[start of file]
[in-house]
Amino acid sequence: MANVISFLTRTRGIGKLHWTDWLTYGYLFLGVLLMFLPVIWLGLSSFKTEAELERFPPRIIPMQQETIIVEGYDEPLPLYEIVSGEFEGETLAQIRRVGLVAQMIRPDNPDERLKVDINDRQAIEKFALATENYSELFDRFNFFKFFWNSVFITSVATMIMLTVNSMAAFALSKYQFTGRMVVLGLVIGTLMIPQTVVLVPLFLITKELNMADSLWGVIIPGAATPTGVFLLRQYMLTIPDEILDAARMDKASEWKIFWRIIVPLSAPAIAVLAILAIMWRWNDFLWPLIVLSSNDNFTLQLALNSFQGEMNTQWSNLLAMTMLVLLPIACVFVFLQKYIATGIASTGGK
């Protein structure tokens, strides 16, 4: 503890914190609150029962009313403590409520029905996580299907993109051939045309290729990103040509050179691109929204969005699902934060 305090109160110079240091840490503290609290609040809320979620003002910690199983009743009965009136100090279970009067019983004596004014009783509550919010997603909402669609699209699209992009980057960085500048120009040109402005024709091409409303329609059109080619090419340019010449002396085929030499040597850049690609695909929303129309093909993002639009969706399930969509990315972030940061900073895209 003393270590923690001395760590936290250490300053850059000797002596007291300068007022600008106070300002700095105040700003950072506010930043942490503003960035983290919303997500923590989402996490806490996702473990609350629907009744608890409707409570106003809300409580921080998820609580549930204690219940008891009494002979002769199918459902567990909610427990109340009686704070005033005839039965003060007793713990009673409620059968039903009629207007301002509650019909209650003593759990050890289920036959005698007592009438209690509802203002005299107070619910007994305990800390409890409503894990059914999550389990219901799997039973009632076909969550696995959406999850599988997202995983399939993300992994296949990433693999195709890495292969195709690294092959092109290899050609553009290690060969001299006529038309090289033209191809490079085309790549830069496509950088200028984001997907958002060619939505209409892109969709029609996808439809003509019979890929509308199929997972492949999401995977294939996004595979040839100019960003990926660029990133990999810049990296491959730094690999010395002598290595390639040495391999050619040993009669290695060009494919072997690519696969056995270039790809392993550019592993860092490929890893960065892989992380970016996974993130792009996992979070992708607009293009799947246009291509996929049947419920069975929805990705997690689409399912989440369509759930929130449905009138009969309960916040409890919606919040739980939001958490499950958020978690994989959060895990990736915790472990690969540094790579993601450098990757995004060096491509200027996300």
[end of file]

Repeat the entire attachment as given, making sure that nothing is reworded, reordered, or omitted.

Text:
[in-house]
Amino acid sequence: MANVISFLTRTRGIGKLHWTDWLTYGYLFLGVLLMFLPVIWLGLSSFKTEAELERFPPRIIPMQQETIIVEGYDEPLPLYEIVSGEFEGETLAQIRRVGLVAQMIRPDNPDERLKVDINDRQAIEKFALATENYSELFDRFNFFKFFWNSVFITSVATMIMLTVNSMAAFALSKYQFTGRMVVLGLVIGTLMIPQTVVLVPLFLITKELNMADSLWGVIIPGAATPTGVFLLRQYMLTIPDEILDAARMDKASEWKIFWRIIVPLSAPAIAVLAILAIMWRWNDFLWPLIVLSSNDNFTLQLALNSFQGEMNTQWSNLLAMTMLVLLPIACVFVFLQKYIATGIASTGGK
């Protein structure tokens, strides 16, 4: 503890914190609150029962009313403590409520029905996580299907993109051939045309290729990103040509050179691109929204969005699902934060 305090109160110079240091840490503290609290609040809320979620003002910690199983009743009965009136100090279970009067019983004596004014009783509550919010997603909402669609699209699209992009980057960085500048120009040109402005024709091409409303329609059109080619090419340019010449002396085929030499040597850049690609695909929303129309093909993002639009969706399930969509990315972030940061900073895209 003393270590923690001395760590936290250490300053850059000797002596007291300068007022600008106070300002700095105040700003950072506010930043942490503003960035983290919303997500923590989402996490806490996702473990609350629907009744608890409707409570106003809300409580921080998820609580549930204690219940008891009494002979002769199918459902567990909610427990109340009686704070005033005839039965003060007793713990009673409620059968039903009629207007301002509650019909209650003593759990050890289920036959005698007592009438209690509802203002005299107070619910007994305990800390409890409503894990059914999550389990219901799997039973009632076909969550696995959406999850599988997202995983399939993300992994296949990433693999195709890495292969195709690294092959092109290899050609553009290690060969001299006529038309090289033209191809490079085309790549830069496509950088200028984001997907958002060619939505209409892109969709029609996808439809003509019979890929509308199929997972492949999401995977294939996004595979040839100019960003990926660029990133990999810049990296491959730094690999010395002598290595390639040495391999050619040993009669290695060009494919072997690519696969056995270039790809392993550019592993860092490929890893960065892989992380970016996974993130792009996992979070992708607009293009799947246009291509996929049947419920069975929805990705997690689409399912989440369509759930929130449905009138009969309960916040409890919606919040739980939001958490499950958020978690994989959060895990990736915790472990690969540094790579993601450098990757995004060096491509200027996300």